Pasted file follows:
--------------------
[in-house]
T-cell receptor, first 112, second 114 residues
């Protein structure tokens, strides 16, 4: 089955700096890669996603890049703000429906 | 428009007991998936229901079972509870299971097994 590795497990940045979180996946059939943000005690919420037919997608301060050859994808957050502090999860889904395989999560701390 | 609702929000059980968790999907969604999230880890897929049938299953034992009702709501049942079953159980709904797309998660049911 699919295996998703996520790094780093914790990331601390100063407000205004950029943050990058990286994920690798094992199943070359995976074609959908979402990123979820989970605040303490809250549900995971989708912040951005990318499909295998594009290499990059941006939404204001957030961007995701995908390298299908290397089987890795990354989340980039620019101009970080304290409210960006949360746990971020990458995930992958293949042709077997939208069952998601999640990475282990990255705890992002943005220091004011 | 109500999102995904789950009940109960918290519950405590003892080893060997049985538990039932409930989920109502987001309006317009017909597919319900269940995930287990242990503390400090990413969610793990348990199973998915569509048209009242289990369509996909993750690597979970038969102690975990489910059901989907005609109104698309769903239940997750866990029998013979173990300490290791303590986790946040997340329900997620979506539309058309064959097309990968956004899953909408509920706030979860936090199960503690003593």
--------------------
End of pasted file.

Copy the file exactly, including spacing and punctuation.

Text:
[in-house]
T-cell receptor, first 112, second 114 residues
């Protein structure tokens, strides 16, 4: 089955700096890669996603890049703000429906 | 428009007991998936229901079972509870299971097994 590795497990940045979180996946059939943000005690919420037919997608301060050859994808957050502090999860889904395989999560701390 | 609702929000059980968790999907969604999230880890897929049938299953034992009702709501049942079953159980709904797309998660049911 699919295996998703996520790094780093914790990331601390100063407000205004950029943050990058990286994920690798094992199943070359995976074609959908979402990123979820989970605040303490809250549900995971989708912040951005990318499909295998594009290499990059941006939404204001957030961007995701995908390298299908290397089987890795990354989340980039620019101009970080304290409210960006949360746990971020990458995930992958293949042709077997939208069952998601999640990475282990990255705890992002943005220091004011 | 109500999102995904789950009940109960918290519950405590003892080893060997049985538990039932409930989920109502987001309006317009017909597919319900269940995930287990242990503390400090990413969610793990348990199973998915569509048209009242289990369509996909993750690597979970038969102690975990489910059901989907005609109104698309769903239940997750866990029998013979173990300490290791303590986790946040997340329900997620979506539309058309064959097309990968956004899953909408509920706030979860936090199960503690003593």